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On the page 32 of Lee's book Manifolds and differential geometry, he writes:

In the definition of path connectedness..., we used continuous paths, but it is not hard to show that if two points on a smooth manifold can be connected by a continuous path, then they can be connected by a smooth path.

I do not quite understand.

First of all, what does a path being smooth mean? A path on a manifold is a function: $$ p:[0,1]\rightarrow M $$

I think to be continuous is in the topological sense.

But what does smooth mean? Is it in the diffeomorphic sense?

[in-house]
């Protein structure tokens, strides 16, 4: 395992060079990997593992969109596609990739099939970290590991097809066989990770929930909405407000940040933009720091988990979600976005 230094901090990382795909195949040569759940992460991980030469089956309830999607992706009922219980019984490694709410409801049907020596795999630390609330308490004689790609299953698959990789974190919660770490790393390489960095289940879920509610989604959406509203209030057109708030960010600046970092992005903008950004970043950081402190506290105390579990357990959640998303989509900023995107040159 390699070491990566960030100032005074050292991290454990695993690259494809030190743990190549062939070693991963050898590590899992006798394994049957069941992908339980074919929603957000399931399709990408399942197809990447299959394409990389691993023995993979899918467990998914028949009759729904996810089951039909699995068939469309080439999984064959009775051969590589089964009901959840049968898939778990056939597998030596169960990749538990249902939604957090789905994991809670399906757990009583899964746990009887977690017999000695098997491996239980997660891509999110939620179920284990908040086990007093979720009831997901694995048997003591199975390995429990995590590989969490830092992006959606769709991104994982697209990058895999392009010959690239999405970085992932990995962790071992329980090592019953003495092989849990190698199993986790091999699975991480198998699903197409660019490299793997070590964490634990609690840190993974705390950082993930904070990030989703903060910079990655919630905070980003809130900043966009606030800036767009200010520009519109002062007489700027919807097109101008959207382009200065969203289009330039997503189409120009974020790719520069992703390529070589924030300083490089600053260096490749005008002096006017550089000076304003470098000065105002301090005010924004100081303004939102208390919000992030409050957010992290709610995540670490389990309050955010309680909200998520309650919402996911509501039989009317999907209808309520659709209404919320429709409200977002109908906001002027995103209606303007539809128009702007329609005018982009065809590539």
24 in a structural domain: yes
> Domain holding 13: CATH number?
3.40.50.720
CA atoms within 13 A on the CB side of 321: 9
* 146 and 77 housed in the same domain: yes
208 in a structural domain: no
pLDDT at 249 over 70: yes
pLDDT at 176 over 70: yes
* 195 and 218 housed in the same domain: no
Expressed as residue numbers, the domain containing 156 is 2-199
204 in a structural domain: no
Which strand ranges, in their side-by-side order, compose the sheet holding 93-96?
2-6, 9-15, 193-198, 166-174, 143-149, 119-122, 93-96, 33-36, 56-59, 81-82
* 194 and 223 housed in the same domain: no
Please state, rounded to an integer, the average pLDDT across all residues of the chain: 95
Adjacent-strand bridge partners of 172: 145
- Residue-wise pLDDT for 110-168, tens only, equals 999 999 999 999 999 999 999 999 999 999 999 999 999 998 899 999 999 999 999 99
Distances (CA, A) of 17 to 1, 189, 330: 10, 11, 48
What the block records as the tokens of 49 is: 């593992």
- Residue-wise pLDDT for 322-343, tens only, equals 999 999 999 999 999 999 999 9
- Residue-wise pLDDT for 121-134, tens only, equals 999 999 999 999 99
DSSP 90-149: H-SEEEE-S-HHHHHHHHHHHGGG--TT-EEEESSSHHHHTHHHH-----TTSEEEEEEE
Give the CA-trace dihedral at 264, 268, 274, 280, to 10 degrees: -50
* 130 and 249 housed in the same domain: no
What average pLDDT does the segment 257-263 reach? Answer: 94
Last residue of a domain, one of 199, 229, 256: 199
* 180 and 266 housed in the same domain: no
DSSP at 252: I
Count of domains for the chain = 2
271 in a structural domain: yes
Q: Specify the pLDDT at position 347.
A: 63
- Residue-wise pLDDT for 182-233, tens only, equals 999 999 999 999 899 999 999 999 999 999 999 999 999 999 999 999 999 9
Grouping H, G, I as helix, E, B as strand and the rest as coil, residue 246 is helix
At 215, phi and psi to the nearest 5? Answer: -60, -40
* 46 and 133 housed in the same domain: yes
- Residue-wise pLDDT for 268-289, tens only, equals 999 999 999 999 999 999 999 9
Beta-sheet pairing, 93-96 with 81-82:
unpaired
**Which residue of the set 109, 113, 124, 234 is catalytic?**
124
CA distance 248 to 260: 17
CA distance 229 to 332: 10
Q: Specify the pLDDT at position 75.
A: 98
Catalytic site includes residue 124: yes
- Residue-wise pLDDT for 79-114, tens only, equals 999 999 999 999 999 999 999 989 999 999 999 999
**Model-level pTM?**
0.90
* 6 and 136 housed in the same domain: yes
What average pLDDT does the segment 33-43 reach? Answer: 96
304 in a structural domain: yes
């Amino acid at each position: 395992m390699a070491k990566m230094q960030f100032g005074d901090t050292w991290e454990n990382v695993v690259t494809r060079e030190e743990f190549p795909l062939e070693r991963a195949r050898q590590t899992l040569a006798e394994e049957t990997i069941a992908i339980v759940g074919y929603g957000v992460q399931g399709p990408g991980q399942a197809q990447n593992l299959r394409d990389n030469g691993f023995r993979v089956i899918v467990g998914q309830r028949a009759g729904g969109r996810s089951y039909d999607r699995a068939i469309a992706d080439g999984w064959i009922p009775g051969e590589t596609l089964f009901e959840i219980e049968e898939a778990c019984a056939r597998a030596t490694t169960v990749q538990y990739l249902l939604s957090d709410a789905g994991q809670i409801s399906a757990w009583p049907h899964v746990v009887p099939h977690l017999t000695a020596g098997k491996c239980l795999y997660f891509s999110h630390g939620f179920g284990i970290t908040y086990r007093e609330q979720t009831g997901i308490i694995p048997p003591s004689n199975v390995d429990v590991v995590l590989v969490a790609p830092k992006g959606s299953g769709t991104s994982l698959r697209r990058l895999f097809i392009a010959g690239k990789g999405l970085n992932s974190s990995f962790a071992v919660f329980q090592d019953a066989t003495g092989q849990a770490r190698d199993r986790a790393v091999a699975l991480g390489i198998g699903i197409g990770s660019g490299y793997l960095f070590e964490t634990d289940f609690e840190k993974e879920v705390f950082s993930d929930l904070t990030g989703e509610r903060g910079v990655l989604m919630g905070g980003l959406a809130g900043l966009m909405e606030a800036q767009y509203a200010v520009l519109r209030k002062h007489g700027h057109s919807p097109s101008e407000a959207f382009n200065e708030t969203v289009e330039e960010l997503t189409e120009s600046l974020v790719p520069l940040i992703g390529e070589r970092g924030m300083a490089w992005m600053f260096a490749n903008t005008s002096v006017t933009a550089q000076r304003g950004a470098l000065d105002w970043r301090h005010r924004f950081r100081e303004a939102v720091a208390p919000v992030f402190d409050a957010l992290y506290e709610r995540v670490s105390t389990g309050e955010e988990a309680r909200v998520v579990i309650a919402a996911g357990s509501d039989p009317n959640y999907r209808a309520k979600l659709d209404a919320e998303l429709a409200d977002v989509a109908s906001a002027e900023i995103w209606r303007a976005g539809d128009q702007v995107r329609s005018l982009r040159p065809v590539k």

Do we regard $[0,1]$ as a set in the manifold $\mathbb{R}$ and applying the definition of smoothness of function between manifolds?

After all, I wonder how to prove this statement.

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In down-to-earth terms it means that the derivative $p^\prime(t)$ exists at every $t\in(0,1)$. Then, the claim is that every continouous path in a smooth manifold can be deformed to a smooth map. This results from a Smoothing Lemma which is usually given for granted in any graduate course on the subject ... :) –  Andrea Mori Oct 22 '12 at 11:15
..all right.. I will take it for granted too..:) –  hxhxhx88 Oct 22 '12 at 12:04

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